Many parents feel that if they knew in advance what it would be like to have an adolescent in the house, they might have thought twice about becoming a parent in the first place.
"It is so difficult to walk the thin line between interest and interference in the life of your teenaged child," says Cape Town psychologist, Ilse Terblanche. "And it is also difficult to know when you should be worried, and when you are just dealing with the usual teenage tantrums."
And the teenage tantrums really are mostly not their fault – with hormones raging like they do during adolescence, it's no wonder that your sweet 12-year-old has changed into a sarcastic, door-slamming 13-year-old. Keep in mind that psychological problems often manifest differently in teenagers, than they would in adults, so it may be wise to consult the professionals before deciding on any course of action.
So when should you worry?
Acne agony. A few pimples are unavoidable during adolescence, but when your child starts getting real acne, it's time to get him/her to the doctor. Not only can acne scar, it can also play havoc with a 15-year-old's social life. Make a plan.
Lonesome tonight. All people need time on their own, but when you notice your child spending more and more time at home alone, and not going anywhere with friends, it's time to worry. It could be something like a temporary falling out with friends, but it could also be something serious like depression. Another classic sign of depression is a lack of interest in activities that were formerly enjoyed.
Sexual ignorance. If your child is ignorant about sex and the dangers of unprotected sex, why haven't you done anything about it? Talk to your kids – it could save their lives. Gone are the days when an unwanted pregnancy was the worst thing that could happen if they had sex with their current love interest.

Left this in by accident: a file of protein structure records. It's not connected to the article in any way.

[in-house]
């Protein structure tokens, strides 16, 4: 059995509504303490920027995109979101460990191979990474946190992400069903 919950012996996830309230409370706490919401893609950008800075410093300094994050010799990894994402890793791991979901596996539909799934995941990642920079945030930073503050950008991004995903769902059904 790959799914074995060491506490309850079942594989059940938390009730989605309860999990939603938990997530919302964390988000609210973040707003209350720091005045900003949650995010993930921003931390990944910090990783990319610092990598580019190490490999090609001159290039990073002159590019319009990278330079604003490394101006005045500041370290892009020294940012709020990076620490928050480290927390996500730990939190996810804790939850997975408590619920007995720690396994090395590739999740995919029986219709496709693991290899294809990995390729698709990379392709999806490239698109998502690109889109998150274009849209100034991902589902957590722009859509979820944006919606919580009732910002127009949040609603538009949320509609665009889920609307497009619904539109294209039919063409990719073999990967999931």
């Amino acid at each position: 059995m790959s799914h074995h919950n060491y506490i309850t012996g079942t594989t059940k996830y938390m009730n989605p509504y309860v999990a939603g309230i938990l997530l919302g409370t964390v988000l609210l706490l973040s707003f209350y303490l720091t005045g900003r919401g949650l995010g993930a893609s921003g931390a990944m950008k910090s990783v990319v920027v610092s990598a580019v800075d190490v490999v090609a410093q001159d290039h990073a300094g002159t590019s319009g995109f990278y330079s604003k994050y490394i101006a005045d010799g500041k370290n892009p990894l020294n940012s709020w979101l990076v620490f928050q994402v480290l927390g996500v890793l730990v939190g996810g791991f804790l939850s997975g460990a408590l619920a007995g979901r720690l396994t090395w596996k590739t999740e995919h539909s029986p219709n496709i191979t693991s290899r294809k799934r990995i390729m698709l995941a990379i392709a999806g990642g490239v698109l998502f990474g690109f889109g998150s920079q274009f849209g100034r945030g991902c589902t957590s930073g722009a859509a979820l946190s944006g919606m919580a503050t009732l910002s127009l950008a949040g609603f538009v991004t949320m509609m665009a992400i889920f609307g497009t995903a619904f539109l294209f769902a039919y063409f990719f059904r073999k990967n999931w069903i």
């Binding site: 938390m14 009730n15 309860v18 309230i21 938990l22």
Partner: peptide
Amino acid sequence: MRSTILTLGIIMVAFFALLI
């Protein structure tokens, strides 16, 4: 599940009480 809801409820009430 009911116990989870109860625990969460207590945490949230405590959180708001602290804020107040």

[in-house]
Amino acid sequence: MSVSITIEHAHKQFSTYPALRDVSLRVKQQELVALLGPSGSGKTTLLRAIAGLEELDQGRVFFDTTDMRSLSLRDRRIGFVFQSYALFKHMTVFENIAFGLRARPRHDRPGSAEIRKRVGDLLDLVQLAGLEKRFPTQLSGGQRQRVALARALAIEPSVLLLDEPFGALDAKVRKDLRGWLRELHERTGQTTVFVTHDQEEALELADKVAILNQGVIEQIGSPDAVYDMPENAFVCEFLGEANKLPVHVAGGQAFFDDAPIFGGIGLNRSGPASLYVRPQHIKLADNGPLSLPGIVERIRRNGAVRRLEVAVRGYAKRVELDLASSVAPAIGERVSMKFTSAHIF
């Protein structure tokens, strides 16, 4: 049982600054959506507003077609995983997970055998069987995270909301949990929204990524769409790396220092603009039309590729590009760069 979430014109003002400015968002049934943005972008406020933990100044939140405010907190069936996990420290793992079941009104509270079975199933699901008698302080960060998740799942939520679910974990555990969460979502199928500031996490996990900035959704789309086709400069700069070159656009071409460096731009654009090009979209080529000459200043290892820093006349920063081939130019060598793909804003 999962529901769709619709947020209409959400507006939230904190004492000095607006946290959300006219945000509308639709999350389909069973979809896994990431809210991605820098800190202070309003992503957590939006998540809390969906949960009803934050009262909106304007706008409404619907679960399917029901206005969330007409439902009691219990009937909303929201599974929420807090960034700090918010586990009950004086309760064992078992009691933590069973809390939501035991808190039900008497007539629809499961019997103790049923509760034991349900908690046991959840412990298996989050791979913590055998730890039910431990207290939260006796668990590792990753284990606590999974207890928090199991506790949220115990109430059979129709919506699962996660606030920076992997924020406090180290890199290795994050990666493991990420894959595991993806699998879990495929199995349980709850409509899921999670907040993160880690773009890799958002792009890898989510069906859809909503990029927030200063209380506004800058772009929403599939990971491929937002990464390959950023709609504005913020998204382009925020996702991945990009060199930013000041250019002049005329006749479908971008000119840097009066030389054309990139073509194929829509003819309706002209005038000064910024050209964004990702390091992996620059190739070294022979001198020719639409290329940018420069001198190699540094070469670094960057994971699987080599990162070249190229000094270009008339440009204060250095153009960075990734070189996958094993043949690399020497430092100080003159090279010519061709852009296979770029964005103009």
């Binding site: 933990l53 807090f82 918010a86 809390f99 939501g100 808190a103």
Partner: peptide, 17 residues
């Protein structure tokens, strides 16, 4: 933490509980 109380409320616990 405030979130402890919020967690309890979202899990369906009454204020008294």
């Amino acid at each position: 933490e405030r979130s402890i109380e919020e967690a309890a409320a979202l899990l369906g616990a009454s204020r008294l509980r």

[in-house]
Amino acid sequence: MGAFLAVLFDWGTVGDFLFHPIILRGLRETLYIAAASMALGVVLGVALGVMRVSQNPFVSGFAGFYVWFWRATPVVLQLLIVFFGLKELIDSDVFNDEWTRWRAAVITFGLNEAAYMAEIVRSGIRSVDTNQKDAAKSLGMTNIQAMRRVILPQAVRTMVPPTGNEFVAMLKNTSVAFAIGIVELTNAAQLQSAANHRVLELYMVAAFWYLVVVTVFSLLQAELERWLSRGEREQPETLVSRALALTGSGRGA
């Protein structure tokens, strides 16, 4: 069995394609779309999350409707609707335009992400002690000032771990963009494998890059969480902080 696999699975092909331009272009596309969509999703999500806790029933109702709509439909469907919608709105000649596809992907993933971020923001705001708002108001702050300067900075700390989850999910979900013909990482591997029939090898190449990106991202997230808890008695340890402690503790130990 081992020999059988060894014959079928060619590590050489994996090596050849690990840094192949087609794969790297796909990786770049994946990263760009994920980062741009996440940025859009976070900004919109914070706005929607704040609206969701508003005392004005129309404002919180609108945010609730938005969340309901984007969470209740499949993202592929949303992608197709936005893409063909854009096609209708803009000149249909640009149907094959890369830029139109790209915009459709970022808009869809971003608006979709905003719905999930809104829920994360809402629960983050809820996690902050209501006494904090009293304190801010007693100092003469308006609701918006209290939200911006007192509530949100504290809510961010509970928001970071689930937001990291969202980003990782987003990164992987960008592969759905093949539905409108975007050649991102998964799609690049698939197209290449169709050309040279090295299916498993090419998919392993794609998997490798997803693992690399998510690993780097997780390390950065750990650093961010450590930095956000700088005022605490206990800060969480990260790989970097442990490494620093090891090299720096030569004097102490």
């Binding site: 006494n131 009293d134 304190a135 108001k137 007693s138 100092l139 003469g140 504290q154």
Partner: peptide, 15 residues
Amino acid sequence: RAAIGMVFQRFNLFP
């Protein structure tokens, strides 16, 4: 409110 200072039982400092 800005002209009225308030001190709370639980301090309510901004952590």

Bad report cards. Bad marks at school are usually the first sign of something being wrong. If your child's marks have suddenly plummeted by 20%, something has changed drastically. Find out what it is as soon as possible. But remember, merely putting pressure on your child to improve the marks without finding out what the problem is, is not a solution.
Discarding all old friends. We all change from time to time, and if you think about it, how many friends do you still have, that you had ten years ago? But seriously, if your child has suddenly discarded all their old friends and is now hanging out with a new crowd that you don't particularly like the look of, it's time to worry.
Items disappearing from home. If your teen is supporting a drug habit, items disappearing from the home is often the first sign of this problem. Most teens don't get enough pocket money to support a drug habit, so if they're doing drugs, they'll need to supplement their income from elsewhere. But make sure of your facts before you go around making any damaging accusations.
Caginess regarding whereabouts. If your son or daughter is suddenly vague about where they're going with whom, sit up and take notice. You have a right to know where they are at all times. If they won't tell you where they're heading, it's because they know their destination will upset you.
Constant dieting. There is a difference between watching what you eat and being on constant starvation diets. There is a lot of pressure on teens to be thin and many would go to great lengths to conform to this. But if your teenager stops eating in front of you, or starts exercising excessively, there could be a problem, which could manifest in an eating disorder.
Bunking school. Most people at some stage of their lives have bunked a few classes or even a whole day from school. But mostly, these are spent at home and not on street corners. If the school alerts you to unexplained absences of your child from class, find out what's going on. Usually by the time the school cottons on, it's been going on for a while. What's happening at school that makes your child not want to go there?
Booze blues. Most teens experiment at some stage with alcohol. But people who turn out to be alcoholics in later life, often started drinking in their teens. It's not difficult to get hold of alcohol in South Africa and if you suspect your teen is indulging regularly, it's time for a serious talk. Which of course, you can only give, if you don't down a six-pack at every available opportunity.
(Mandy Borrain, Health24)